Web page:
Not to dwell on minute and extreme matters, we would ask, Is it no circumstance of bitterness, that established emoluments should be taken from certain members of the army, not only without remuneration, but without the form of a previous and customary enquiry? that they should be taken from them on grounds which they were not permitted to controvert, and on the assertion of a junior officer, unconfirmed by any external authority whatsoever, whilst they were denied by a respectable part of the staff? Is it no injury to have the door of justice shut in the face of their solicitation, though couched in the most respectful terms, and urged under the most direct and ayowed responsibility? Is it no injury, whilst their own claims to justice are refused, to see the object of their pursuit walking at his ease, and at full liberty, and in the plenitude of power to molest them still further, in despite of their means to pursue him, and in contempt of the authority which they had been taught to reverence? Is it no mortification to look . for ultimate redress where they have been wont to find it, and to be disappointed in the appeal? Is it no grievance to have the the source of promotion changed, from one who has an intimate knowledge of military merit and deserving, to another who is unacquainted even with the names that stand on the army list, and who is not to be approached but through the introduction and condescension of one in the meridian of grace, though in the dawn of service? Is it of no concern to them, to see officers of distinguished rank flying from their eminent stations, in disgust and loathing, giving the truest test of the sincerity of their sentiment, in the relinquishment of lucrative place, in the dearer consultation of their dignity and honor? Is it no grievance that the chief of the army staff are deprived of their offices, and suspended from their station in the army, on the sole and avowed ground of their having paid an unqualified obedience to the orders of their Commander in Chief? Is it a matter foreign to the feelings of an officer, to perceive his brethren arbitrarily put beyond the pale of the army without enquiry, and without a hearing? Is it of no annoyance^ to them, in holding a commission, rendered insecure, not only by its being subject to be seized on some military impeachment or insinuation, but that it shall be exposed to suspension, at the whim or caprice of power, for alleged reasons, unconnected with military measures? Is it of no importance, that officers, having leave to quit the company's possessions, from infirmity or the urgency of their private affairs, should be detained in India against their will, from vain and capricious motives of men in power; and be dismissed at length, without explanation, to pursue their original destination; whilst others of high rank and character, should be hurried with ignominy, and alnlost under the degrading circumstances of felons, though without a verdict or judgment, beyond the company's confines, and finally to England, contrary to their declared wishes, and in direct and express violation of their interests? If these things have happened, and none can seriously dispute the facts, have we occasion to look around us for reasons for the irritated feelings of the coast armv? Some of the circumstances, embraced by these questions, may be partially controverted or qualified, but the greater part of them are admitted by the official documents of the local Government, though an endeavour is made to disguise them by a false glare of colouring, or to contravene them by sophisticated argument. A sufficient answer has been given, we apprehend, to these ingenious artifices, in the correspondence that has foregone.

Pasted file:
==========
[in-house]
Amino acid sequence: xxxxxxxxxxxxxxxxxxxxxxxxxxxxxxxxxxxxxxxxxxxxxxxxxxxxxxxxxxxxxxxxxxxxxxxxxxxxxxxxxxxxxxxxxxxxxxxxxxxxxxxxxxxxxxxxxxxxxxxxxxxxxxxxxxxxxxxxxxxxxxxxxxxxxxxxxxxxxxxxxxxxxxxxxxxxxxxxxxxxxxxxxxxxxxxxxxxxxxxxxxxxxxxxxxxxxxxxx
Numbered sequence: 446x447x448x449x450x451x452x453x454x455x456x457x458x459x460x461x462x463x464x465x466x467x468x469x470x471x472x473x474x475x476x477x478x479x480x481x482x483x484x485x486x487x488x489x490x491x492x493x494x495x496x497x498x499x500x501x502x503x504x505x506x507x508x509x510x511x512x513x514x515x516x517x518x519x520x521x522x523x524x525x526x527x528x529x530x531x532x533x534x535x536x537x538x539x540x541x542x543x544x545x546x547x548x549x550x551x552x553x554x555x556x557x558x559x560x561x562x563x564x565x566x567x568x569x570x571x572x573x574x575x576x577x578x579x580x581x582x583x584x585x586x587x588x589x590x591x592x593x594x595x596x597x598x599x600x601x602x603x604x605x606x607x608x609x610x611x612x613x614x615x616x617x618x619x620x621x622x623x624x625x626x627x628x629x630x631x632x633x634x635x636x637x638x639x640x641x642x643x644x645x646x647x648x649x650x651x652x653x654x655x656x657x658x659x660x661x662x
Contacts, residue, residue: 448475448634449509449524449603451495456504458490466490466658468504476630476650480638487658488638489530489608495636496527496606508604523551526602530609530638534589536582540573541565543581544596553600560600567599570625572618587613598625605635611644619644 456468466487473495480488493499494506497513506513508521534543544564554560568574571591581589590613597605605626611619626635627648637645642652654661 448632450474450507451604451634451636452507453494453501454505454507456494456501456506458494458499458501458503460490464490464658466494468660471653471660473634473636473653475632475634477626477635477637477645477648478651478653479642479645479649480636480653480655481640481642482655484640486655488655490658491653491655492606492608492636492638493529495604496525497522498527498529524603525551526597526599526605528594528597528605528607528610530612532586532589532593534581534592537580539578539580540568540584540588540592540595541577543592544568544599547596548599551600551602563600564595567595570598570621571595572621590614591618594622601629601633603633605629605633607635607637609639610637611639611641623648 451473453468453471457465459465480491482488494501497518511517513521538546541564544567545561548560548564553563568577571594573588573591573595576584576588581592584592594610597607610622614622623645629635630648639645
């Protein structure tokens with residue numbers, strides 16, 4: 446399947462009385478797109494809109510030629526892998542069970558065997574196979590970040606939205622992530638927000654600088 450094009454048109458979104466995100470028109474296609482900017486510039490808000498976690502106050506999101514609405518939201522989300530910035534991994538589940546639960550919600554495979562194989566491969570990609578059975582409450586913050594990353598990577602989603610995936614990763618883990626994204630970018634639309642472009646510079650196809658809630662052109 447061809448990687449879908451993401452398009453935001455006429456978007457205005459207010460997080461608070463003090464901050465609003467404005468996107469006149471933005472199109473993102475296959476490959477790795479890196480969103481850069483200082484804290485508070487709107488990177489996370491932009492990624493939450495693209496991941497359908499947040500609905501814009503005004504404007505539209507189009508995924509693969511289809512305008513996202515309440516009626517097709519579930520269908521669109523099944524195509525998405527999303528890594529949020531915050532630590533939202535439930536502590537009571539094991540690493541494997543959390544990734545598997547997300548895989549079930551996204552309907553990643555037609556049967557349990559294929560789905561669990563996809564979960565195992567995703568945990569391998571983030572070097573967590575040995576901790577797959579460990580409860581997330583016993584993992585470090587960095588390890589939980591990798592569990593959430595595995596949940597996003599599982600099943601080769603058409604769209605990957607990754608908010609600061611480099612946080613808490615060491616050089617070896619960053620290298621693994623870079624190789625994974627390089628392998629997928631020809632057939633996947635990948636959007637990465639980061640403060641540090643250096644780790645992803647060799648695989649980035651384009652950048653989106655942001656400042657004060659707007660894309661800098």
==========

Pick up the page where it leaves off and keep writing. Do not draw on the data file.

The inflamed sensations of parties were further aggravated by matters, which, unden other circumstances, would have passed unheeded. We. shall not here pause to add any new article to the long catalogue of offence, which we have hastily ran over.
It hardly will be denied that there was not much irritable matter, lurking under the obnoxious acts enumerated, which, if it should at any time find vent, would produce the most mischievous consequences. It was the duty, however, of individuals, it will be said, to smother their inward feelings, in dutiful respect to the constituted authorities above them. But there would appear a sort of correspondent duty on the side of those authorities, not to harass individual feelings unnecessarily, or to put them to trials, which they might not, from human infirmity, be able or sufficient to sustain. Though a soldier has to exercise and practice himself to submission and obedience, in controul of temper and passion, it is not to be assumed, because he has put on the uniform and the devotedness of his order, that he has therefore cast off the ordinary feelings of his nature. These may be outraged by uncommon incidents or aggravations, so as to overcome habits that long patience and professional principles have united to confirm. When the condition of the soldier is beheld in a liberal point of view, and in which it ought ever to be beheld, it would infer a species of cowardice in him, who should wantonly assail it. What a soul must that man have, who would irritate him to resentment, when the consequence of resentment, which jn an .indifferent person would be innocent, in him would be a crime?